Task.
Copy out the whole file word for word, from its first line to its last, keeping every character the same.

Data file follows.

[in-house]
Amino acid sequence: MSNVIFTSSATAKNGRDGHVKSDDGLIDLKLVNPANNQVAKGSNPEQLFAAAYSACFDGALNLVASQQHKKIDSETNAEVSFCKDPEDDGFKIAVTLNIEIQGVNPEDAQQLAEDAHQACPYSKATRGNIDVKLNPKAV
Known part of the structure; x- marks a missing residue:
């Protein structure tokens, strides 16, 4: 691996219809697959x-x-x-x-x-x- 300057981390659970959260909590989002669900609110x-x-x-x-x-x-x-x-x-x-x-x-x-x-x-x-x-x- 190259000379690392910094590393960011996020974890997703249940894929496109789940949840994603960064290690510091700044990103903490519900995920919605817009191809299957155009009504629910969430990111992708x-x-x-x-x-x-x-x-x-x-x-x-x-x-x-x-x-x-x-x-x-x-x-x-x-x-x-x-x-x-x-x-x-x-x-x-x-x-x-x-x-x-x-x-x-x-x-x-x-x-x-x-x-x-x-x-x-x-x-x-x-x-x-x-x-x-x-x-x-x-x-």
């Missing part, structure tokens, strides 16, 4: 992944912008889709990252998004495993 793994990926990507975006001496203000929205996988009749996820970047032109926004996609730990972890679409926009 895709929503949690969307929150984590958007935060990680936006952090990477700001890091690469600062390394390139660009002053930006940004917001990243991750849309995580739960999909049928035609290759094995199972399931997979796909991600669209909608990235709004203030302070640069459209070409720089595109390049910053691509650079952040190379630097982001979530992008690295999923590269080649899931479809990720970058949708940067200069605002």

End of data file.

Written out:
[in-house]
Amino acid sequence: MSNVIFTSSATAKNGRDGHVKSDDGLIDLKLVNPANNQVAKGSNPEQLFAAAYSACFDGALNLVASQQHKKIDSETNAEVSFCKDPEDDGFKIAVTLNIEIQGVNPEDAQQLAEDAHQACPYSKATRGNIDVKLNPKAV
Known part of the structure; x- marks a missing residue:
């Protein structure tokens, strides 16, 4: 691996219809697959x-x-x-x-x-x- 300057981390659970959260909590989002669900609110x-x-x-x-x-x-x-x-x-x-x-x-x-x-x-x-x-x- 190259000379690392910094590393960011996020974890997703249940894929496109789940949840994603960064290690510091700044990103903490519900995920919605817009191809299957155009009504629910969430990111992708x-x-x-x-x-x-x-x-x-x-x-x-x-x-x-x-x-x-x-x-x-x-x-x-x-x-x-x-x-x-x-x-x-x-x-x-x-x-x-x-x-x-x-x-x-x-x-x-x-x-x-x-x-x-x-x-x-x-x-x-x-x-x-x-x-x-x-x-x-x-x-």
């Missing part, structure tokens, strides 16, 4: 992944912008889709990252998004495993 793994990926990507975006001496203000929205996988009749996820970047032109926004996609730990972890679409926009 895709929503949690969307929150984590958007935060990680936006952090990477700001890091690469600062390394390139660009002053930006940004917001990243991750849309995580739960999909049928035609290759094995199972399931997979796909991600669209909608990235709004203030302070640069459209070409720089595109390049910053691509650079952040190379630097982001979530992008690295999923590269080649899931479809990720970058949708940067200069605002």